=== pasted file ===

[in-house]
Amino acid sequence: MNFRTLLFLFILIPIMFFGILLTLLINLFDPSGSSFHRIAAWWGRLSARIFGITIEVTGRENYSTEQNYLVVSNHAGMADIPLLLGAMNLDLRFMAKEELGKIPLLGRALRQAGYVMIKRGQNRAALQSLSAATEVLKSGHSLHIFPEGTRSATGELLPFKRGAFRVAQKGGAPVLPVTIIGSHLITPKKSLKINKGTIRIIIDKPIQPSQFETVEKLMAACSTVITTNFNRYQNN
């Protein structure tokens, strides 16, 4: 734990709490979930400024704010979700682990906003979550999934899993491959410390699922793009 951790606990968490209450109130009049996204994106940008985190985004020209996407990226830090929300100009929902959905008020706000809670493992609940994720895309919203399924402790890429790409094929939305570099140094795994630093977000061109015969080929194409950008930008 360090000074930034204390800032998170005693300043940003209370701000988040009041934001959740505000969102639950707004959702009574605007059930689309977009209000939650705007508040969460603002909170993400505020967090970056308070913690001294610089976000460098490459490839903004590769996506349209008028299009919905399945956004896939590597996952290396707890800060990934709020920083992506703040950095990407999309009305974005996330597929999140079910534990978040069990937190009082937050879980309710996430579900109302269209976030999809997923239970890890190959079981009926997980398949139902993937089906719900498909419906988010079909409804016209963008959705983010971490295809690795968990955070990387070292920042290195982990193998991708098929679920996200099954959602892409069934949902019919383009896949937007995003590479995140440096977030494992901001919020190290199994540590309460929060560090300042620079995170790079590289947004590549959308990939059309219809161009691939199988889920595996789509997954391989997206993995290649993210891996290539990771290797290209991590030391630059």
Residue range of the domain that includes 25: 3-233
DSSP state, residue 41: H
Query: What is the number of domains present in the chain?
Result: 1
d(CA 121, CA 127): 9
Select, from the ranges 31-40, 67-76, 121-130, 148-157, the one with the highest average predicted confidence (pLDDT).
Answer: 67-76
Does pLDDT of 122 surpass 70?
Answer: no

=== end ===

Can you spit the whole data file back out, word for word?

[in-house]
Amino acid sequence: MNFRTLLFLFILIPIMFFGILLTLLINLFDPSGSSFHRIAAWWGRLSARIFGITIEVTGRENYSTEQNYLVVSNHAGMADIPLLLGAMNLDLRFMAKEELGKIPLLGRALRQAGYVMIKRGQNRAALQSLSAATEVLKSGHSLHIFPEGTRSATGELLPFKRGAFRVAQKGGAPVLPVTIIGSHLITPKKSLKINKGTIRIIIDKPIQPSQFETVEKLMAACSTVITTNFNRYQNN
């Protein structure tokens, strides 16, 4: 734990709490979930400024704010979700682990906003979550999934899993491959410390699922793009 951790606990968490209450109130009049996204994106940008985190985004020209996407990226830090929300100009929902959905008020706000809670493992609940994720895309919203399924402790890429790409094929939305570099140094795994630093977000061109015969080929194409950008930008 360090000074930034204390800032998170005693300043940003209370701000988040009041934001959740505000969102639950707004959702009574605007059930689309977009209000939650705007508040969460603002909170993400505020967090970056308070913690001294610089976000460098490459490839903004590769996506349209008028299009919905399945956004896939590597996952290396707890800060990934709020920083992506703040950095990407999309009305974005996330597929999140079910534990978040069990937190009082937050879980309710996430579900109302269209976030999809997923239970890890190959079981009926997980398949139902993937089906719900498909419906988010079909409804016209963008959705983010971490295809690795968990955070990387070292920042290195982990193998991708098929679920996200099954959602892409069934949902019919383009896949937007995003590479995140440096977030494992901001919020190290199994540590309460929060560090300042620079995170790079590289947004590549959308990939059309219809161009691939199988889920595996789509997954391989997206993995290649993210891996290539990771290797290209991590030391630059």
Residue range of the domain that includes 25: 3-233
DSSP state, residue 41: H
Query: What is the number of domains present in the chain?
Result: 1
d(CA 121, CA 127): 9
Select, from the ranges 31-40, 67-76, 121-130, 148-157, the one with the highest average predicted confidence (pLDDT).
Answer: 67-76
Does pLDDT of 122 surpass 70?
Answer: no